Filing an Employment Discrimination Charge
A Do-It-Yourself Packet for Immigrant Workers
In 1986, Congress passed the Immigration Reform and Control Act (IRCA), which made it unlawful for employers to knowingly hire an undocumented worker and established an employment eligibility verification procedure that employers must follow to verify that employees are authorized to work in the United States. This procedure requires all employees to provide proof of their identity and authorization to work in the U.S. by filling out Form I-9. Given the increased immigration enforcement at the workplace, some employers may be afraid of being sanctioned (either with civil or criminal penalties) while others may be confused with the different types of new verification programs. As a result, some employers may refuse to hire immigrants and other workers who “look or sound” foreign. Other employers refuse to accept valid work authorization papers or will only hire individuals who are lawful permanent residents or U.S. citizens. For these reasons, IRCA also included antidiscrimination provisions that make it unlawful for employers to discriminate or retaliate against workers based on citizenship or immigration status; or to request certain or specific work authorization documents from workers.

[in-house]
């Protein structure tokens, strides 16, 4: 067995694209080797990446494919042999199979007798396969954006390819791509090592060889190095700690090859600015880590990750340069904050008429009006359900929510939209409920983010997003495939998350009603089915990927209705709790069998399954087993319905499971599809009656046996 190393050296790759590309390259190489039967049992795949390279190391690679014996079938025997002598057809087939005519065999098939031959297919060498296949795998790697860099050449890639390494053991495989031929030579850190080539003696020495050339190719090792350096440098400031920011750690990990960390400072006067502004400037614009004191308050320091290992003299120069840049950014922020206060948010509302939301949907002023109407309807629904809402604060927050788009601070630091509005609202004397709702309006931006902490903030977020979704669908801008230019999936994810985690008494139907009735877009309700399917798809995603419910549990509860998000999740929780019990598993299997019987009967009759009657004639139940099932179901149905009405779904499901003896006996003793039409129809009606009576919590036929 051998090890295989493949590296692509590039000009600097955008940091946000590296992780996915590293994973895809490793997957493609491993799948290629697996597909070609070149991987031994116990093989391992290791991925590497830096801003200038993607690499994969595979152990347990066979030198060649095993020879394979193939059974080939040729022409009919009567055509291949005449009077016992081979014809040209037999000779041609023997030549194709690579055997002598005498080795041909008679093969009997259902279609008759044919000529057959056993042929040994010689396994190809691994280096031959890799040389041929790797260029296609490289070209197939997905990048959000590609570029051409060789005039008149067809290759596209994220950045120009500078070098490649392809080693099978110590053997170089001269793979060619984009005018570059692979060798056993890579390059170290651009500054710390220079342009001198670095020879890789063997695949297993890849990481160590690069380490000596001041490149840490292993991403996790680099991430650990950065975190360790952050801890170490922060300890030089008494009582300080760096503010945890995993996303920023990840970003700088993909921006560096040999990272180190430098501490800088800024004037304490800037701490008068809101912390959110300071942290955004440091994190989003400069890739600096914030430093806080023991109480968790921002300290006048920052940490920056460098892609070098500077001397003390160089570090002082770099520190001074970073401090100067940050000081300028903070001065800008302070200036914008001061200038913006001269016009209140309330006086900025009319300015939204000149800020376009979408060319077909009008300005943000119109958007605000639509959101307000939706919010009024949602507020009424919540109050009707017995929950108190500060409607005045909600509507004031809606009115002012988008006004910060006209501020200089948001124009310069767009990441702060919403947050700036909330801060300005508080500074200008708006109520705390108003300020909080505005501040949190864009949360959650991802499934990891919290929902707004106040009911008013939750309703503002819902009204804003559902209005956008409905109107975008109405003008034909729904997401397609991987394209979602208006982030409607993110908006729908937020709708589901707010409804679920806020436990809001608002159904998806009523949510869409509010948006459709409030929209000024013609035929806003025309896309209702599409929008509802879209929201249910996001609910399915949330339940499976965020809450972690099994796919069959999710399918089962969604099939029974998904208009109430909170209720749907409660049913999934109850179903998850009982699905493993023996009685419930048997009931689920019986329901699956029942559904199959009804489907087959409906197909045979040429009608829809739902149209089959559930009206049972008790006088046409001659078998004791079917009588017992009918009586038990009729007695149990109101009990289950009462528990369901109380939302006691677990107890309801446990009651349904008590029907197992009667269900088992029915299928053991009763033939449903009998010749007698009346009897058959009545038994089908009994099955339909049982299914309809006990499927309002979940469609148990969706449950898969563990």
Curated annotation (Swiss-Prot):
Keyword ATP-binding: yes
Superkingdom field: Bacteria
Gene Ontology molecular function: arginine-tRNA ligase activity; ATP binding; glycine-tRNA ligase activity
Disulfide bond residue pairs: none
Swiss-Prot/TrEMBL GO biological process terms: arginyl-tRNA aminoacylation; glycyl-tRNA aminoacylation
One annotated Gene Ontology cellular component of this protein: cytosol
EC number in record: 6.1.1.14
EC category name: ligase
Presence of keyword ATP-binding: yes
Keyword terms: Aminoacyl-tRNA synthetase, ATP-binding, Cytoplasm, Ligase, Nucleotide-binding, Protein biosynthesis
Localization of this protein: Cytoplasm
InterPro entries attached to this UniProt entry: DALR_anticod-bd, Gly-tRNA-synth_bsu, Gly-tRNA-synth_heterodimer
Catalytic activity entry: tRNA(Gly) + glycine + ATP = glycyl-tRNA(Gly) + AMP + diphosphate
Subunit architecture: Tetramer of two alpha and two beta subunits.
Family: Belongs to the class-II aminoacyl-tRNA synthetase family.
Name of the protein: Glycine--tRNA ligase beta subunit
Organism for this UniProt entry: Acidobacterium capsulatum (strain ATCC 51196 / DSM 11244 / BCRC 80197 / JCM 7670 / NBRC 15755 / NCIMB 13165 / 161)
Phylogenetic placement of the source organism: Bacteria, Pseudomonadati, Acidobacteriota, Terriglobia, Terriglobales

If you think an employer did not hire you because you are not a U.S. citizen, you “look or sound” foreign, or the employer wouldn’t accept your valid work authorization documents, you may be the victim of illegal employment discrimination under federal immigration law. This packet will provide you with information about your right to be free of employment discrimination, and how to file a discrimination charge to help you protect your rights as a worker.
To download the do-it-yourself packet, click on the PDF icon, above.